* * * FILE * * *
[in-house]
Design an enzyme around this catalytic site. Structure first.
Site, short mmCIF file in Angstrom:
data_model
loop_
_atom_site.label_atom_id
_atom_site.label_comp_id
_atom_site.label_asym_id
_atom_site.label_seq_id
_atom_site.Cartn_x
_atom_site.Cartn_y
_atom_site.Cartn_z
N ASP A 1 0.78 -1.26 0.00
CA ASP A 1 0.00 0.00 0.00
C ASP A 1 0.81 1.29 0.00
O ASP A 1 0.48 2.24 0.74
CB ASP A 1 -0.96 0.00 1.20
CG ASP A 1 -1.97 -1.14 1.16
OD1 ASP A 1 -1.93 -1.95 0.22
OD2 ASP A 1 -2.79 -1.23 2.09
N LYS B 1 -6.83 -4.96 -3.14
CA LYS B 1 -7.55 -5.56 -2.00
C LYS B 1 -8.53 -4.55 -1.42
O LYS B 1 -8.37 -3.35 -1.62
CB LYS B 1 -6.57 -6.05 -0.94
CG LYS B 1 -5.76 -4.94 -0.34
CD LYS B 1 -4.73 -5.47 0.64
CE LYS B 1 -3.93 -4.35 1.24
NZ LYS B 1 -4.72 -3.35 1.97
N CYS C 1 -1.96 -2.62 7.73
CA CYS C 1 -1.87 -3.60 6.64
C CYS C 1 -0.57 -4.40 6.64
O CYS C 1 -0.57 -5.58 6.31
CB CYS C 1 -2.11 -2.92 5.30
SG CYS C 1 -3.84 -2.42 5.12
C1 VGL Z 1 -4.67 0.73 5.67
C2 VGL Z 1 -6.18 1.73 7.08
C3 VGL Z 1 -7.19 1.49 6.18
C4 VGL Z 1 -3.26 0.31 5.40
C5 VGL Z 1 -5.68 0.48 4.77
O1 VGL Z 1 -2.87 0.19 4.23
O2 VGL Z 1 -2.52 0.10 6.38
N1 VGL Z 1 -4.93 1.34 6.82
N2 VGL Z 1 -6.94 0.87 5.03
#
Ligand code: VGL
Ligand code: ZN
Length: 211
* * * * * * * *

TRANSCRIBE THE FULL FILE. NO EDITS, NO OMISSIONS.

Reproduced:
[in-house]
Design an enzyme around this catalytic site. Structure first.
Site, short mmCIF file in Angstrom:
data_model
loop_
_atom_site.label_atom_id
_atom_site.label_comp_id
_atom_site.label_asym_id
_atom_site.label_seq_id
_atom_site.Cartn_x
_atom_site.Cartn_y
_atom_site.Cartn_z
N ASP A 1 0.78 -1.26 0.00
CA ASP A 1 0.00 0.00 0.00
C ASP A 1 0.81 1.29 0.00
O ASP A 1 0.48 2.24 0.74
CB ASP A 1 -0.96 0.00 1.20
CG ASP A 1 -1.97 -1.14 1.16
OD1 ASP A 1 -1.93 -1.95 0.22
OD2 ASP A 1 -2.79 -1.23 2.09
N LYS B 1 -6.83 -4.96 -3.14
CA LYS B 1 -7.55 -5.56 -2.00
C LYS B 1 -8.53 -4.55 -1.42
O LYS B 1 -8.37 -3.35 -1.62
CB LYS B 1 -6.57 -6.05 -0.94
CG LYS B 1 -5.76 -4.94 -0.34
CD LYS B 1 -4.73 -5.47 0.64
CE LYS B 1 -3.93 -4.35 1.24
NZ LYS B 1 -4.72 -3.35 1.97
N CYS C 1 -1.96 -2.62 7.73
CA CYS C 1 -1.87 -3.60 6.64
C CYS C 1 -0.57 -4.40 6.64
O CYS C 1 -0.57 -5.58 6.31
CB CYS C 1 -2.11 -2.92 5.30
SG CYS C 1 -3.84 -2.42 5.12
C1 VGL Z 1 -4.67 0.73 5.67
C2 VGL Z 1 -6.18 1.73 7.08
C3 VGL Z 1 -7.19 1.49 6.18
C4 VGL Z 1 -3.26 0.31 5.40
C5 VGL Z 1 -5.68 0.48 4.77
O1 VGL Z 1 -2.87 0.19 4.23
O2 VGL Z 1 -2.52 0.10 6.38
N1 VGL Z 1 -4.93 1.34 6.82
N2 VGL Z 1 -6.94 0.87 5.03
#
Ligand code: VGL
Ligand code: ZN
Length: 211